First she talked about what she loved about MONSTROUS—which, after 3 years of No, was surreal (this was true of all 3 calls I had. It does not get old!). She brought up a few suggestions for things she thought could be strengthened with some revision that really resonated with me. Then she talked more about New Leaf and how they work, and asked about my other projects. I must confess that despite taking lots of notes, most of The Call is a blur. What struck me the most was her incredible enthusiasm for the work she does and for her clients’ books—and her enthusiasm for MY book. Every agent I talked to on the phone was excited about MONSTROUS, but Suzie was just a little bit more. She also happens to be very easy to talk to which is important to me since I tend to be rather shy. We’d already developed a decent rapport emailing back and forth about requested materials, so it was great to find out she was as approachable on the phone, too.
At that point, I still had a few agents reading and a call slated for later that week with another wonderful agent, so I didn’t say yes right away. By that Friday, I had a total of three offers and was beside myself because they were all top-notch agents and all of them would have been fantastic advocates for MONSTROUS. (Needless to say, there was much gnashing of teeth and flailing of arms!) But after talking to Suzie on the phone and our email correspondence over the course of the week, I just didn’t see how I could not sign with her. She’s an awesome agent with an excellent track record, her clients adore her, and she thoroughly convinced me that she believes in my book. Now that we’ve been working together for a few weeks, I have no doubt it was the right decision. :)
Amy: As a moderator on AgentQuery Connect, you’ve seen many posts about the ups and downs of the publishing business. If someone posted that they were going to give up on their writing dream, what would you write back to encourage them to keep at it?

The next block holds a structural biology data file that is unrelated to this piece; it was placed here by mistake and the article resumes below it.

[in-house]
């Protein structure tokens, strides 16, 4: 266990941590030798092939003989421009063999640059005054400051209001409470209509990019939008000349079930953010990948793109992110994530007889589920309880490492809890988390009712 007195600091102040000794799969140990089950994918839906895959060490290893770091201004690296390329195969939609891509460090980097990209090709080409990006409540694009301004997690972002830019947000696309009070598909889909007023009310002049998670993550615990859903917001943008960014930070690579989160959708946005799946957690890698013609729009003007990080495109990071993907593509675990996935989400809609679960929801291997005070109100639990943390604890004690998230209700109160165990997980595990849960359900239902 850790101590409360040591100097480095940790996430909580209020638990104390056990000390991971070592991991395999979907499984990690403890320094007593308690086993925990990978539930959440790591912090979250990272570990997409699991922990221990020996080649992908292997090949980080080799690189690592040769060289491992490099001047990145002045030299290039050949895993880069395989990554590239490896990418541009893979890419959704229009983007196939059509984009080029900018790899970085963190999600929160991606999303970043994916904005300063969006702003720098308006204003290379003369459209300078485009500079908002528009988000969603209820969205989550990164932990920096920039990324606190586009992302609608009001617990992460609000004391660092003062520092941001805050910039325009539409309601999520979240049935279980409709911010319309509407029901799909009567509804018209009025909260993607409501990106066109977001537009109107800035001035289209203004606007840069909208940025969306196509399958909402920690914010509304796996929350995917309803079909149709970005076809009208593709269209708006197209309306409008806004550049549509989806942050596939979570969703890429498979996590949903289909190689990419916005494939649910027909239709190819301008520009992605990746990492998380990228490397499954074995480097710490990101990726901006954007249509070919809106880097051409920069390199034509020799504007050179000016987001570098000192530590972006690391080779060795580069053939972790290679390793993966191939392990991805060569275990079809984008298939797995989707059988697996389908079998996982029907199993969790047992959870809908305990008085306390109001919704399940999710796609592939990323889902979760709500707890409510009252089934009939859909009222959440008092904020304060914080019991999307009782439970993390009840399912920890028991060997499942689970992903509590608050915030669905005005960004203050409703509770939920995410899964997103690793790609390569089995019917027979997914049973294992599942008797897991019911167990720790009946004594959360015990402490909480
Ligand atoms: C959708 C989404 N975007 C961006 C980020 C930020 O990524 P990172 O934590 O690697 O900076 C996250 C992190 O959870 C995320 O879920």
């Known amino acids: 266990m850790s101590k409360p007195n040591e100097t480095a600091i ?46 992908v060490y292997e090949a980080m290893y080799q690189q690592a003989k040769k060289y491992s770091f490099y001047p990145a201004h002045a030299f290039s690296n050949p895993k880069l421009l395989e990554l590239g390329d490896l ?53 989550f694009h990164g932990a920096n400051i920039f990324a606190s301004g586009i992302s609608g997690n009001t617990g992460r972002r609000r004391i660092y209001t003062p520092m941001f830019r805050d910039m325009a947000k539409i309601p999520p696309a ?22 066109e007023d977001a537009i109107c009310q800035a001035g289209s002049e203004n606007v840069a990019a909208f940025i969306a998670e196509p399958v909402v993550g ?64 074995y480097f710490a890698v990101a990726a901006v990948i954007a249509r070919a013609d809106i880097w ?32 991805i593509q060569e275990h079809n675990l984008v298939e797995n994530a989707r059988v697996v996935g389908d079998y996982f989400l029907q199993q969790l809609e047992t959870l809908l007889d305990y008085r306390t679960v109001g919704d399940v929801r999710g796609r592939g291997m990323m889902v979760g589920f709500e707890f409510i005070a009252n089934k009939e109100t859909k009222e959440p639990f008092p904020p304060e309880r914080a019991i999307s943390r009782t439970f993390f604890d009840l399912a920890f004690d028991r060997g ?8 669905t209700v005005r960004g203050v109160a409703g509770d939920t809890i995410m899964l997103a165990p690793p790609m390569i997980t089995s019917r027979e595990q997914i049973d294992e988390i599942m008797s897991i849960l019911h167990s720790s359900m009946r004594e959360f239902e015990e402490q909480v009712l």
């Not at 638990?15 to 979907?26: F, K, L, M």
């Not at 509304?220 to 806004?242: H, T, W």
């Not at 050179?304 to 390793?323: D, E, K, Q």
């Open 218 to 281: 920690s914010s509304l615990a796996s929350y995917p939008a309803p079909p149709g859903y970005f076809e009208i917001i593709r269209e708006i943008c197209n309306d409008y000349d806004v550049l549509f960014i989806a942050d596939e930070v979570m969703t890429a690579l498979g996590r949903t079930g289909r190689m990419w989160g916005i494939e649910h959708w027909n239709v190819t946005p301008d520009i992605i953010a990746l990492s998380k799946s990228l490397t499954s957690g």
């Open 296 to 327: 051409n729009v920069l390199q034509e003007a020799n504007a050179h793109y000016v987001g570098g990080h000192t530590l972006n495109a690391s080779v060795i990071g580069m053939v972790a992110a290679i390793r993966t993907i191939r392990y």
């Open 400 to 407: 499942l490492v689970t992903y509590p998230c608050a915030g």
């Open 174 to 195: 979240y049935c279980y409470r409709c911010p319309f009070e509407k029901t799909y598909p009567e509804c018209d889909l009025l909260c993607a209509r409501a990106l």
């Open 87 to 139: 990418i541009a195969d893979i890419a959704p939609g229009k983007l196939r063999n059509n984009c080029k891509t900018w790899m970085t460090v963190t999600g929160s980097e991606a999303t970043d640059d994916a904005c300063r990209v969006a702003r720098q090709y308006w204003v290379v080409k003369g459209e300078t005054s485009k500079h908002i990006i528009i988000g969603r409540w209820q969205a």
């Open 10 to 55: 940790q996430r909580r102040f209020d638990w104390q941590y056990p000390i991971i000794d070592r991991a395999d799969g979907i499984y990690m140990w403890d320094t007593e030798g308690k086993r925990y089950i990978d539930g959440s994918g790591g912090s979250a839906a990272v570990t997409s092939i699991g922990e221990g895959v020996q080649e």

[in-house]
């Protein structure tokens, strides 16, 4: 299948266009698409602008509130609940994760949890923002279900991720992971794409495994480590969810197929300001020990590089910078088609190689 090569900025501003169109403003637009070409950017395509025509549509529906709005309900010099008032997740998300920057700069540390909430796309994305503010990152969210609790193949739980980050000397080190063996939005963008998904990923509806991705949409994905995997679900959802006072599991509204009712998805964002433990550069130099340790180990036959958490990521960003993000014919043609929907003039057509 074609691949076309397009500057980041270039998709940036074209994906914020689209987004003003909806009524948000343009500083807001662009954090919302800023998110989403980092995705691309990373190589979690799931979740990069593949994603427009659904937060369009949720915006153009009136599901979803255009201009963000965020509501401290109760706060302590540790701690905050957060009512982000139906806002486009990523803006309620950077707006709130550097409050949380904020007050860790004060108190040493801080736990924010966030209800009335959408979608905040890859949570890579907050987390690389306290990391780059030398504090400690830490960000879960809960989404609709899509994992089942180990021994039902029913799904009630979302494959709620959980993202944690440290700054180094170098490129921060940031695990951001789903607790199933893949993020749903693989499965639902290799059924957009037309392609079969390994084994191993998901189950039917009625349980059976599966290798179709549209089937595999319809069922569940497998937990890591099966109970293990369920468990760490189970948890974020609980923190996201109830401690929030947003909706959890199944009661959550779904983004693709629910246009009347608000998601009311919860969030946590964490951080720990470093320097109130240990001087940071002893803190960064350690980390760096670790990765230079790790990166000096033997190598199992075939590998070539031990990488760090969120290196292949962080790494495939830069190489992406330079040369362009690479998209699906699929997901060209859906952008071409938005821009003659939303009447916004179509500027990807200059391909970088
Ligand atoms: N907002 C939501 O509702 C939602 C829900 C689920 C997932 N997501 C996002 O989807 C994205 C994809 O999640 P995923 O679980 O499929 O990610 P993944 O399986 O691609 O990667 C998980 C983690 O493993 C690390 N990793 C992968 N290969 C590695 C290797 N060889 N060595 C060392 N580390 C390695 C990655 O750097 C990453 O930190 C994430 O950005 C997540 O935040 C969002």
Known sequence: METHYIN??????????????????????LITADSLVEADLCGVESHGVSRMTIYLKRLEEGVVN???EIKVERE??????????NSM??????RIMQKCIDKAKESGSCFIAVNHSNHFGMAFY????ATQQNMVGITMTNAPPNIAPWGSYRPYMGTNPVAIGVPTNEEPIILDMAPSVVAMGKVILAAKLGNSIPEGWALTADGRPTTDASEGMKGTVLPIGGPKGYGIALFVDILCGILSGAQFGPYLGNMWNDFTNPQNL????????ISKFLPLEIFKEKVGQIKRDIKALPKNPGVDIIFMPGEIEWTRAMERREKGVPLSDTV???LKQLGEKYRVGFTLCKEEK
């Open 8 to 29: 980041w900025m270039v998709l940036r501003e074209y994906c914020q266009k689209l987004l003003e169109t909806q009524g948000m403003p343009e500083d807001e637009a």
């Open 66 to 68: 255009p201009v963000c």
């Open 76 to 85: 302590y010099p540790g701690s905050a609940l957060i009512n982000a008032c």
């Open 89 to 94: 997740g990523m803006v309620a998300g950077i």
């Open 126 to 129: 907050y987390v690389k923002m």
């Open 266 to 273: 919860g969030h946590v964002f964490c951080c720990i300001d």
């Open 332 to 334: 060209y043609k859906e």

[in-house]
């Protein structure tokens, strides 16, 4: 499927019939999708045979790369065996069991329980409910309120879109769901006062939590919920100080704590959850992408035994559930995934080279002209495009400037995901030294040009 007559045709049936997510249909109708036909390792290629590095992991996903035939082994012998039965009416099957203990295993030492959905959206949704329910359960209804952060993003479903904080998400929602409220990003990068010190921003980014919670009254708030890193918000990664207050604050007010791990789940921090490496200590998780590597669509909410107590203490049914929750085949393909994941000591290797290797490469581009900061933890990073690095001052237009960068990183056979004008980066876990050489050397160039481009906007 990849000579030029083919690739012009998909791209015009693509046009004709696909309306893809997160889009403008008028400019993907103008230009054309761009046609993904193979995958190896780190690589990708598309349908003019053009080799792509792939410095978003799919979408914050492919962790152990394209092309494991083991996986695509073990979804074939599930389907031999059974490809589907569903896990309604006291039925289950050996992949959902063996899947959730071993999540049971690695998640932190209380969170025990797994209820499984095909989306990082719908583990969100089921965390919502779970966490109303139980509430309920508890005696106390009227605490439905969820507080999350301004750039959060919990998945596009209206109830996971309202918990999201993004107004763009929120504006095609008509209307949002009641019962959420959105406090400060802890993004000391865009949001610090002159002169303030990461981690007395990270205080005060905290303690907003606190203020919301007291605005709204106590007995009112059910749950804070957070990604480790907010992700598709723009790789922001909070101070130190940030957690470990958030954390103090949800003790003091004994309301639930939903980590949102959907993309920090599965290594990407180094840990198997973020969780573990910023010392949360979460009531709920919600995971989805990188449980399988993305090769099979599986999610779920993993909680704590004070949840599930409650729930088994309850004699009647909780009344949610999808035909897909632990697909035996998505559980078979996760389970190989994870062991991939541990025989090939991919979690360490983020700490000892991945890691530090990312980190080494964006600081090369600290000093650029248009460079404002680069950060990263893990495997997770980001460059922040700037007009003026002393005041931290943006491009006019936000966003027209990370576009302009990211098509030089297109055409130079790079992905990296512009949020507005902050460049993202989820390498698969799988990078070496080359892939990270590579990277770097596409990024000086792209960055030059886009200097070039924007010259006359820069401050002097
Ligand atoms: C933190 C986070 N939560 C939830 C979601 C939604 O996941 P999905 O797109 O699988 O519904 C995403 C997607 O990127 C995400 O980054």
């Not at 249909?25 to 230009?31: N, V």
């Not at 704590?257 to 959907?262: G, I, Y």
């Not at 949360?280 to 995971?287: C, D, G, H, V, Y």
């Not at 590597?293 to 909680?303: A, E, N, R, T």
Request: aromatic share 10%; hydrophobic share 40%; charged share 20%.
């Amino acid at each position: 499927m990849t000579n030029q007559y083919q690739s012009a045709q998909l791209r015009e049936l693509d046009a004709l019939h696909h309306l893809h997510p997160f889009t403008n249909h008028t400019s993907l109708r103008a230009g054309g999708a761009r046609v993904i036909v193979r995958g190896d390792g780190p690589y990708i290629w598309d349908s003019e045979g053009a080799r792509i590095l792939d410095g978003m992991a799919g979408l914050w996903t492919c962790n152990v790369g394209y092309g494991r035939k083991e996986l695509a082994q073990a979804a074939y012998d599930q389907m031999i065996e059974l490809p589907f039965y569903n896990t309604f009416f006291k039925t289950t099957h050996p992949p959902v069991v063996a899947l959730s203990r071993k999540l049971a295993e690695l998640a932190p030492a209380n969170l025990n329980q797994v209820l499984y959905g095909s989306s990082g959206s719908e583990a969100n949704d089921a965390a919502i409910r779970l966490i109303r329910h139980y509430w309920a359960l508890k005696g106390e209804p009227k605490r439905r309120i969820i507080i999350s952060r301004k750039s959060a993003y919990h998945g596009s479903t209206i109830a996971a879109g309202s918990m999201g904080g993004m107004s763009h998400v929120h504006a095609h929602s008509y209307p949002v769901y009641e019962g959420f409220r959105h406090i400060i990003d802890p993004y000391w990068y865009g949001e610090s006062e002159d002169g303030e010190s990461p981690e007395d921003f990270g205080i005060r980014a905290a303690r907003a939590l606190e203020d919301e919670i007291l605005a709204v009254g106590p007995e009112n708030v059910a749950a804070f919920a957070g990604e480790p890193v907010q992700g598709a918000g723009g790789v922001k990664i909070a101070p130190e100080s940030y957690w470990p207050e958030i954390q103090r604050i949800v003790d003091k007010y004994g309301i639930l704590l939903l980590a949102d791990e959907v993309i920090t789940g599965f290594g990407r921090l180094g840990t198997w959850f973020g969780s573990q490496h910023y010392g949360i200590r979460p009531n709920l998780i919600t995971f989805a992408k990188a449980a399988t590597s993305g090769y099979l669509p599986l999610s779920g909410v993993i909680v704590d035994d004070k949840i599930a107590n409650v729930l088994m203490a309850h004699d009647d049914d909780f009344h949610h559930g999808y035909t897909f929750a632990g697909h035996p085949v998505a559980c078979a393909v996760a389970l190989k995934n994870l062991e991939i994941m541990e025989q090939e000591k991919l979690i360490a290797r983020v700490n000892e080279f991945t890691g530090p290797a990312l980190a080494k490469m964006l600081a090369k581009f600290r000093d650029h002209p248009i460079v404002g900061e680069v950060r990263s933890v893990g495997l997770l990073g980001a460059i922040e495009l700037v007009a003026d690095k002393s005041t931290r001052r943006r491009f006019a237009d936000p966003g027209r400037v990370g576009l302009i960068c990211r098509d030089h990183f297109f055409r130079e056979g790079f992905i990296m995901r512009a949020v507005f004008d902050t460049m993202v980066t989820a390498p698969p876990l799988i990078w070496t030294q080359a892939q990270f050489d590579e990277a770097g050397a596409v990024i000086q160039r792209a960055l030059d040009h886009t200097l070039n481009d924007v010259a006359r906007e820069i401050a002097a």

MarcyKate: I actually blogged about this a couple times over the past year (here and here). It’s a harsh truth that not every writer is going to get an agent or a book deal or make the NYT bestseller list. It’s not the cheeriest thought, but it is true. Publishing is not an easy business to break into. You’re going to face rejection at every single stage of the game—querying, on submission, and then even from readers. You have to be able to face that hard truth down and walk away from it wanting to try anyway. In my opinion, the question you need to ask yourself is: “In 20 years from now, will I regret giving up?” Each of us can only answer that for ourselves. Agents, editors, crit partners, reviewers, etc don’t really affect that. It’s strictly what matters to YOU on a personal level. Because that’s what’s important. Some people will answer “No” to that question – and that’s totally fine! It’s not for everyone. But I suspect most of us will say “Yes.”
And if the answer is “Yes,” then keep writing. As often as possible. Try new things. Never be afraid to experiment—even if it doesn’t turn out like you hoped, you’ll probably learn something along the way. And who knows, maybe that crazy new idea will be The One (it was for me!).
MarcyKate Connolly is a writer and arts administrator who lives in New England with her husband and pugs. She’s also a coffee addict, voracious reader, and recurring commuter. She blogs at her website and the From the Write Angle group blog, and volunteers as a moderator at AgentQueryConnect.com. Her work is represented by Suzie Townsend of New Leaf Literary & Media. Early this year, her short story “Connected” was published in the Spring Fevers anthology by Elephants Bookshelf Press.